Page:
HEMP NATURAL FIBER
natural fiber is a variety of the Cannabis sativa plant and is grown
specifically for the industrial uses of its derived products and is also
called Industrial Hemp. It can be refined into a variety of commercial
items including paper, textiles, clothing, biodegradable plastics,
paint, insulation biofuel, food, animal feed, etc.
DIFFERENCE BETWEEN INDUSTRIAL HEMP AND CANNABIS AS A DRUG
industrial hemp and cannabis as a drug are derived from the species
Cannabis sativa. They both also contain the psychoactive
tetrahydrocannabinol (THC), but they are distinct strains of the
hemp has lower concentrations of THC and higher concentrations of
cannabidiol (CBD), which decreases or eliminates its psychoactive
legality issues involved with industrial hemp vary widely between
countries, depending on the different drug laws of these countries. Some
governments closely regulate the concentration of THC and will only
permit hemp bred with a certain low percentage of THC.
hemp for industrial uses contains below 0.3% THC, while Cannabis grown
for medicinal or recreational use can contain anywhere from 2% to over
20%. The fear that the growing of hemp will make it more difficult to
control the use of the drug variety is still prevalent even though laws
are gradually changing over time.
Hemp is probably one of the earliest plants to be cultivated. Hemp
use archaeologically dates back to as far as the Neolithic Age in China
around 12,000 years ago. The first identified coarse paper made from
hemp goes back to the early Western Han Dynasty.
In Western Europe, the cultivation of hemp was not legally
banned until the 1930s, but the commercial cultivation had stopped by
then, due to decreased demand for and competition from increasingly
popular artificial fibers.
In Japan, hemp was historically
used as paper and as a fiber crop. In 1948, Marijuana was restricted as
a narcotic drug in Japan even though it was never widely used there
before. Hemp growers whose crop is used to make robes for Buddhist monks
and loincloths for Sumo wrestlers were exempted.
considered the strongest natural fiber in the world and is one of the
fastest growing plants. In the U.S., George Washington and many other
presidents cultivated hemp for rope. Levi Strauss patented his trouser
jeans in 1873 from the indestructible sailcloth made from hemp!
HEMP PLANT PARTS
Hemp natural fiber is called
bast and is one of the most valuable parts of the hemp plant. The bast
are the fibers which grow on the outside of the plant stalk. It is these
fibers that give the plants strength.
different processes to remove the fiber from the stem. Depending on
which process is used, the hemp may be creamy white, brown, gray, black
or green. The hemp plant produces a high fiber yield per acre. It can
produce 250% more fiber than cotton and 600% more fiber than flax with
the same amount of land.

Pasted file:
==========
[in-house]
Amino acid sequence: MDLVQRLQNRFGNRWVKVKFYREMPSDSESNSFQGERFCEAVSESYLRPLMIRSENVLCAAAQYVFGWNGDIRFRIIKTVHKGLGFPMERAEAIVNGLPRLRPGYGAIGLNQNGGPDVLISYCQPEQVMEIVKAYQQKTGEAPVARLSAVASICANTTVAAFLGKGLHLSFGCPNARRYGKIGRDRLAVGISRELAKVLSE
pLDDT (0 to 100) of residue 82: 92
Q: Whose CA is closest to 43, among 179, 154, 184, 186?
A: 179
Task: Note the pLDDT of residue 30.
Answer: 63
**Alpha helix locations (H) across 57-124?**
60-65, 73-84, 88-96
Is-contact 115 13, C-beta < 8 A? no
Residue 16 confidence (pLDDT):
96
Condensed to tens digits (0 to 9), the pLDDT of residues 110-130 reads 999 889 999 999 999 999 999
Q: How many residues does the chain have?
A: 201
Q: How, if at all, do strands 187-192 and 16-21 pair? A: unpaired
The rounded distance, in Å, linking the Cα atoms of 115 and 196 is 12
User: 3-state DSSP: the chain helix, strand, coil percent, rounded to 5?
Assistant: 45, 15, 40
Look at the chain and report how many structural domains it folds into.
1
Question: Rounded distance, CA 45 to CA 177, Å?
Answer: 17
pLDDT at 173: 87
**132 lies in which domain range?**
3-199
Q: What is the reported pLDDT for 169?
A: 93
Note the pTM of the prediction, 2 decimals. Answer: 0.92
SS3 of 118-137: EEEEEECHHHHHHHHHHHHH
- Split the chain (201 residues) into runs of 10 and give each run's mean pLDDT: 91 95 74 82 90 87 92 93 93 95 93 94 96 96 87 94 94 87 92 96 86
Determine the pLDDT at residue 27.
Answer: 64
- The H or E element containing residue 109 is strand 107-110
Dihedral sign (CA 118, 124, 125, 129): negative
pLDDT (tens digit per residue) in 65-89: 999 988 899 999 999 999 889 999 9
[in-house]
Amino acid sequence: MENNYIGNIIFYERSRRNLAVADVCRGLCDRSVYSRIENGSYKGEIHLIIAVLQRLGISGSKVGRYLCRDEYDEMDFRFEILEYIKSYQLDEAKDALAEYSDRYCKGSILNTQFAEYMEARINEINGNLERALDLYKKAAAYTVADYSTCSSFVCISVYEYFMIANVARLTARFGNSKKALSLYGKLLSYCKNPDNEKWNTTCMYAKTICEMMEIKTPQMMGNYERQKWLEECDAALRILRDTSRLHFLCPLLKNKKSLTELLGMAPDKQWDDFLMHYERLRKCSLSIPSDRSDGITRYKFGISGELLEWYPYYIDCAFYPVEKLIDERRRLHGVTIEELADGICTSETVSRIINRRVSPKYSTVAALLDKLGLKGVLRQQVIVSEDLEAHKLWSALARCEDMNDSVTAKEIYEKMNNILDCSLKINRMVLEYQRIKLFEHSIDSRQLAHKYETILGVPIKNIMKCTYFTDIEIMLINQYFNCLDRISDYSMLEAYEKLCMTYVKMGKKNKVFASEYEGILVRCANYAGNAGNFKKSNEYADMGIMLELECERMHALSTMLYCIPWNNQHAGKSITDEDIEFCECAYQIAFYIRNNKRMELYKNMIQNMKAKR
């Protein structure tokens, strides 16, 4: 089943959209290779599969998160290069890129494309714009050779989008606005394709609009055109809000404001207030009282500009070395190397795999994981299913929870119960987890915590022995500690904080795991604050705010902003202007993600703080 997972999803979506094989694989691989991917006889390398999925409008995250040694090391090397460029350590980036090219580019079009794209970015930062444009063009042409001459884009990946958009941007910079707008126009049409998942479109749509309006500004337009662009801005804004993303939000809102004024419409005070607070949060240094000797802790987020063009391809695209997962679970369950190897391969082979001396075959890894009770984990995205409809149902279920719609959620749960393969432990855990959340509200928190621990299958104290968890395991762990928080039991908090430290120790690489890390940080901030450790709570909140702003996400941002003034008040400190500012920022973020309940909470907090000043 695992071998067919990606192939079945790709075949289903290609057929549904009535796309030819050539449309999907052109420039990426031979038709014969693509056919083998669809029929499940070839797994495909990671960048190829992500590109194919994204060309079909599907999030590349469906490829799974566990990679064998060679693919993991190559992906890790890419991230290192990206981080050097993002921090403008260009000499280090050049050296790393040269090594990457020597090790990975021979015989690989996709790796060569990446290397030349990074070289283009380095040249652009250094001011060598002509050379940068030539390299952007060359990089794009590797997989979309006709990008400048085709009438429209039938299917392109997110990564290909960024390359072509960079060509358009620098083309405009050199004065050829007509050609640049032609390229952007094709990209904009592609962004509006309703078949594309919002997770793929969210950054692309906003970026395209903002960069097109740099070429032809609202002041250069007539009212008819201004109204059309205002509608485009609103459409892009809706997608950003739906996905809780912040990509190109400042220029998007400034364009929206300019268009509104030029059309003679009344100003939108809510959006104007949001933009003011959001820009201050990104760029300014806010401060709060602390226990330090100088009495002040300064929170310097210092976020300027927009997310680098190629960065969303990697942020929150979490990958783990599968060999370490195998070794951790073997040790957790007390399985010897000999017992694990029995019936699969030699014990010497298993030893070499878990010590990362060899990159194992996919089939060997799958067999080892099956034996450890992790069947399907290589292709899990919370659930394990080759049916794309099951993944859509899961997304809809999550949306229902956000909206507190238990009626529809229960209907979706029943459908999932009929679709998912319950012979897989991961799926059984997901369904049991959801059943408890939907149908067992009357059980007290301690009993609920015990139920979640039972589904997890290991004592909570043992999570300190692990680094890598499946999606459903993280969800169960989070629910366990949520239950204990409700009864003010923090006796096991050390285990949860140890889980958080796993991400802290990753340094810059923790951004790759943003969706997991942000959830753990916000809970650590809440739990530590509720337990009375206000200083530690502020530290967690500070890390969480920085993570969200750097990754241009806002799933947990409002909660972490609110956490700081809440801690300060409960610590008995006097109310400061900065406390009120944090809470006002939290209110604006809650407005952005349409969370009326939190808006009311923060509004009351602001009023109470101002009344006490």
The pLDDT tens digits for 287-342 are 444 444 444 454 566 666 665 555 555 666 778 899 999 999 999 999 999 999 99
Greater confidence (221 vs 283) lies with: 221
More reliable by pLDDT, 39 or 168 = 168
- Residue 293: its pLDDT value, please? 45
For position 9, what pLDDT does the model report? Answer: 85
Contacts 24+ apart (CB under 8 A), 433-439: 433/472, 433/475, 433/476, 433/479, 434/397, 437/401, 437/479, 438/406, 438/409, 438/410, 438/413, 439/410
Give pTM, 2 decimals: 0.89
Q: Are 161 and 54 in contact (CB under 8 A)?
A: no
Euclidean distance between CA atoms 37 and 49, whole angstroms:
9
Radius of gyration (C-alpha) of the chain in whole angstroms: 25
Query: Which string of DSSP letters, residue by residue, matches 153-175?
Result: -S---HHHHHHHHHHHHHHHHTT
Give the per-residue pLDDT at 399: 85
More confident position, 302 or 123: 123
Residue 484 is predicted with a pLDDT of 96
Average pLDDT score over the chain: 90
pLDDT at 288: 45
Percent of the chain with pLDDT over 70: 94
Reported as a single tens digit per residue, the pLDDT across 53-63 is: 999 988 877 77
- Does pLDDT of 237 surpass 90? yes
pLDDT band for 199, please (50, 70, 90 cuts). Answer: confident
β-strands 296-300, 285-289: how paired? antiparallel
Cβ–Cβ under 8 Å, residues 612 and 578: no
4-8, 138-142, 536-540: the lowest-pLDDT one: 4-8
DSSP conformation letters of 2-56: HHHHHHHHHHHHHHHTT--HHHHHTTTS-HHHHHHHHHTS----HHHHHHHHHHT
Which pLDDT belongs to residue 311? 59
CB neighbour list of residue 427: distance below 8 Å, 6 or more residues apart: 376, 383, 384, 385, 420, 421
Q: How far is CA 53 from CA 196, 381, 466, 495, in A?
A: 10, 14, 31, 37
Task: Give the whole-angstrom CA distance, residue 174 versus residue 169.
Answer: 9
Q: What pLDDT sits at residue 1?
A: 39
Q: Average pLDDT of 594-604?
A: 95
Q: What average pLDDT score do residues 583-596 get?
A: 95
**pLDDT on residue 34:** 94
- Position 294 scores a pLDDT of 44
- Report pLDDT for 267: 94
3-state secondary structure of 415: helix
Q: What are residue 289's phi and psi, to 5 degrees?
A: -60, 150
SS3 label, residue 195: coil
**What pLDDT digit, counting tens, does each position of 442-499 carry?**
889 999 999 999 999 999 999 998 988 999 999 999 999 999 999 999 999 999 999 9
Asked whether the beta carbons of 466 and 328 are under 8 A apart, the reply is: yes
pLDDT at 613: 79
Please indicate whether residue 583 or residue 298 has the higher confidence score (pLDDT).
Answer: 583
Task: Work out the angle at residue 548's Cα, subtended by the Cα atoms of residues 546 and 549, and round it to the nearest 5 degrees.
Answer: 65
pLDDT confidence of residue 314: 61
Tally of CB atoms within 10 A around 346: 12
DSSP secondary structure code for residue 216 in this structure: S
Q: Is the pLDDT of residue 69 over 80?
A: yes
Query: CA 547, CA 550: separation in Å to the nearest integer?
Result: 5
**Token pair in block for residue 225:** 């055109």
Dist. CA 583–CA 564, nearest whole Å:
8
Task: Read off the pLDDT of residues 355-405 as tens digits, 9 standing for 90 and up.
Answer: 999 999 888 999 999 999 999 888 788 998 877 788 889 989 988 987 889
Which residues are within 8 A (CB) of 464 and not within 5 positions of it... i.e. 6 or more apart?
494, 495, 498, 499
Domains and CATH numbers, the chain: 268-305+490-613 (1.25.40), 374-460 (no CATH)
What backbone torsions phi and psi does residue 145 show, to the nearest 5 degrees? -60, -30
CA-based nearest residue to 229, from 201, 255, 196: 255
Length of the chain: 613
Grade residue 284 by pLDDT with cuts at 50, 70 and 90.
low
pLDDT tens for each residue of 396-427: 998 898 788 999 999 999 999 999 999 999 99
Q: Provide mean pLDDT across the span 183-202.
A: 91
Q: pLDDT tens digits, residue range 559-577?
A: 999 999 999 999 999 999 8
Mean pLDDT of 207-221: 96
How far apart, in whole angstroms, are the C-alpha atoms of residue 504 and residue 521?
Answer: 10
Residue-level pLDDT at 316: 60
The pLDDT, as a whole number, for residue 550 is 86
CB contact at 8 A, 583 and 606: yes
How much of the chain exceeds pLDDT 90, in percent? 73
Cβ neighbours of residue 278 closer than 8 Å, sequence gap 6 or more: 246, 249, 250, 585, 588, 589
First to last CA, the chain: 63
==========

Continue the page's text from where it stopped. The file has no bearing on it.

When grown as a
fiber crop, hemp grows to a height of 6-15 feet and up to .75 inches in
diameter without branching. To help ensure the plant grows straight, it
is densely planted (as many as 300 plants per square yard).
Hemp fiber has been used for centuries for
the manufacture of industrial materials. It was commonly used to make
sail canvas. In fact, the word 'canvas' is derived from the word
Hemp fiber, when mixed with fiberglass,
flax, and kenaf (a fiber plant native to east-central Africa), can be
used to make composite panels for automobiles, including Audi, BMW,
Ford, GM, Chrysler, Honda, etc. For apparel and furnishings, the fibers
can be 100% hemp, though it is usually blended with other fibers
including flax, cotton or silk, etc.
HURDS OR SHIVES
hurds or shives are the woody inner parts of core of the hemp stem.
These are broken into fragments and separated from the fiber. These
parts are typically used for animal bedding or litter or for
seeds can be used in many ways. They can be eaten raw, ground into hemp
meal, sprouted, or made into dried sprout powder. They can also be made
into a liquid and used for baking or for beverages such as hemp milk
Hemp seeds are
important as a complete source of protein because they contain all the
essential amino acids. The seeds are also exceptionally rich in 2
essential fatty acids - Omega-6 and Omega-3 in a healthy optimal ratio
of 3 to 1 (6 to 3). They have been shown to benefit skin diseases and
provide relief from eczema.
Hemp seeds are
actually more nutritious and more economical to produce than soybeans
and the protein in hemp seeds can be used to produce just about any
product made from soybeans, such as tofu, veggie burgers, etc. It is
also more digestible than soybeans and it does
not have to be cooked or fermented first.
The seeds are
also a great source of vitamin E and B vitamins and minerals such as
phosphorus, potassium, sodium, magnesium, sulfur, calcium, iron, and
zinc. They are also a great source of arginine and gamma-linolenic acid
(GLA) which have been linked to reduced risk of heart disease. The high
levels of GLA may reduce symptoms associated with PMS and menopause as
seeds contain high amounts of both soluble and insoluble fiber, which
benefits digestive health. However, dehulled or shelled hemp seeds
contain very little fiber.
Find much more information on hemp, its plant parts, cultivation,
processing, uses, etc. as well as the future of hemp in the world and in
the United States in particular, please continue reading here.